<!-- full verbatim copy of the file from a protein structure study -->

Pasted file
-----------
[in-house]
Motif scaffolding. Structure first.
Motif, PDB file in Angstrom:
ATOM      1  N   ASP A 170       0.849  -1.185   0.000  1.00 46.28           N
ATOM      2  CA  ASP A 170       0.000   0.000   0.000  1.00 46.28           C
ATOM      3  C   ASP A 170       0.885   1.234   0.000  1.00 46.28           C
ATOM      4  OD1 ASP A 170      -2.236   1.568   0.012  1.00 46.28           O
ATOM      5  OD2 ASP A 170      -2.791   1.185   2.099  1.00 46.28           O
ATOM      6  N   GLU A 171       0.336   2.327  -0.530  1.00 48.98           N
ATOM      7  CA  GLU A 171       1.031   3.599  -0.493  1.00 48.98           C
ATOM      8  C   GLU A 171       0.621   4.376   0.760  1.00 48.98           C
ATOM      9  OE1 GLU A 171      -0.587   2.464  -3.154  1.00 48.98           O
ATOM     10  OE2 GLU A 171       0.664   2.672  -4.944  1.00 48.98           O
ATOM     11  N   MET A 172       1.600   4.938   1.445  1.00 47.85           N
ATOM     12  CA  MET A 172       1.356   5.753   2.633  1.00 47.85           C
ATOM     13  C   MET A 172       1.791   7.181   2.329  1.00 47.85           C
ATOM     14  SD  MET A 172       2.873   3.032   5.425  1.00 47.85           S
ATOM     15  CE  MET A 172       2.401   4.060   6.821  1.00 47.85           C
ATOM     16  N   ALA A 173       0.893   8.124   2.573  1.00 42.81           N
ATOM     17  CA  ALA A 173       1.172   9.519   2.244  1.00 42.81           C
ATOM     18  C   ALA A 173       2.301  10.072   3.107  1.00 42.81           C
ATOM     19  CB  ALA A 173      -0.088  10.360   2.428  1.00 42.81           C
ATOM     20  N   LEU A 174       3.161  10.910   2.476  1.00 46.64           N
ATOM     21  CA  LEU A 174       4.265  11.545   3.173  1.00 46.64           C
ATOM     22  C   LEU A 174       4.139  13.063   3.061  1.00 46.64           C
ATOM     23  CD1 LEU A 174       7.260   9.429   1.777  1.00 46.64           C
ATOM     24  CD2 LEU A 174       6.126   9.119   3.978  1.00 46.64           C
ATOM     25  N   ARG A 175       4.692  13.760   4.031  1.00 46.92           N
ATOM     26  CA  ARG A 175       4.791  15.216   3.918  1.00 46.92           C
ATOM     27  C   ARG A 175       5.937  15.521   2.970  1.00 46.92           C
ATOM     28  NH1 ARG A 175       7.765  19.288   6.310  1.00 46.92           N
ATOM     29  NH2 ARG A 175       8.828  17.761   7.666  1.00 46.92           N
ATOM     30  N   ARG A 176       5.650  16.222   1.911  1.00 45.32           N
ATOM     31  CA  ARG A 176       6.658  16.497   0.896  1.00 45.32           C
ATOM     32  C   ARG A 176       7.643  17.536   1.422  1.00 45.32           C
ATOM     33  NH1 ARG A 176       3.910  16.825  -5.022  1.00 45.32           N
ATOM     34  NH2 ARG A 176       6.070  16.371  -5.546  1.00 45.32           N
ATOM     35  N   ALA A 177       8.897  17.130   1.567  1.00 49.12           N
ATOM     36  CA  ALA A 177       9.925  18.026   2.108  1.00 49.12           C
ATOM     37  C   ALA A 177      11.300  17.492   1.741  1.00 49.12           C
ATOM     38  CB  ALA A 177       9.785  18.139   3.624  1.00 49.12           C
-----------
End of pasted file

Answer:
[in-house]
Motif scaffolding. Structure first.
Motif, PDB file in Angstrom:
ATOM      1  N   ASP A 170       0.849  -1.185   0.000  1.00 46.28           N
ATOM      2  CA  ASP A 170       0.000   0.000   0.000  1.00 46.28           C
ATOM      3  C   ASP A 170       0.885   1.234   0.000  1.00 46.28           C
ATOM      4  OD1 ASP A 170      -2.236   1.568   0.012  1.00 46.28           O
ATOM      5  OD2 ASP A 170      -2.791   1.185   2.099  1.00 46.28           O
ATOM      6  N   GLU A 171       0.336   2.327  -0.530  1.00 48.98           N
ATOM      7  CA  GLU A 171       1.031   3.599  -0.493  1.00 48.98           C
ATOM      8  C   GLU A 171       0.621   4.376   0.760  1.00 48.98           C
ATOM      9  OE1 GLU A 171      -0.587   2.464  -3.154  1.00 48.98           O
ATOM     10  OE2 GLU A 171       0.664   2.672  -4.944  1.00 48.98           O
ATOM     11  N   MET A 172       1.600   4.938   1.445  1.00 47.85           N
ATOM     12  CA  MET A 172       1.356   5.753   2.633  1.00 47.85           C
ATOM     13  C   MET A 172       1.791   7.181   2.329  1.00 47.85           C
ATOM     14  SD  MET A 172       2.873   3.032   5.425  1.00 47.85           S
ATOM     15  CE  MET A 172       2.401   4.060   6.821  1.00 47.85           C
ATOM     16  N   ALA A 173       0.893   8.124   2.573  1.00 42.81           N
ATOM     17  CA  ALA A 173       1.172   9.519   2.244  1.00 42.81           C
ATOM     18  C   ALA A 173       2.301  10.072   3.107  1.00 42.81           C
ATOM     19  CB  ALA A 173      -0.088  10.360   2.428  1.00 42.81           C
ATOM     20  N   LEU A 174       3.161  10.910   2.476  1.00 46.64           N
ATOM     21  CA  LEU A 174       4.265  11.545   3.173  1.00 46.64           C
ATOM     22  C   LEU A 174       4.139  13.063   3.061  1.00 46.64           C
ATOM     23  CD1 LEU A 174       7.260   9.429   1.777  1.00 46.64           C
ATOM     24  CD2 LEU A 174       6.126   9.119   3.978  1.00 46.64           C
ATOM     25  N   ARG A 175       4.692  13.760   4.031  1.00 46.92           N
ATOM     26  CA  ARG A 175       4.791  15.216   3.918  1.00 46.92           C
ATOM     27  C   ARG A 175       5.937  15.521   2.970  1.00 46.92           C
ATOM     28  NH1 ARG A 175       7.765  19.288   6.310  1.00 46.92           N
ATOM     29  NH2 ARG A 175       8.828  17.761   7.666  1.00 46.92           N
ATOM     30  N   ARG A 176       5.650  16.222   1.911  1.00 45.32           N
ATOM     31  CA  ARG A 176       6.658  16.497   0.896  1.00 45.32           C
ATOM     32  C   ARG A 176       7.643  17.536   1.422  1.00 45.32           C
ATOM     33  NH1 ARG A 176       3.910  16.825  -5.022  1.00 45.32           N
ATOM     34  NH2 ARG A 176       6.070  16.371  -5.546  1.00 45.32           N
ATOM     35  N   ALA A 177       8.897  17.130   1.567  1.00 49.12           N
ATOM     36  CA  ALA A 177       9.925  18.026   2.108  1.00 49.12           C
ATOM     37  C   ALA A 177      11.300  17.492   1.741  1.00 49.12           C
ATOM     38  CB  ALA A 177       9.785  18.139   3.624  1.00 49.12           C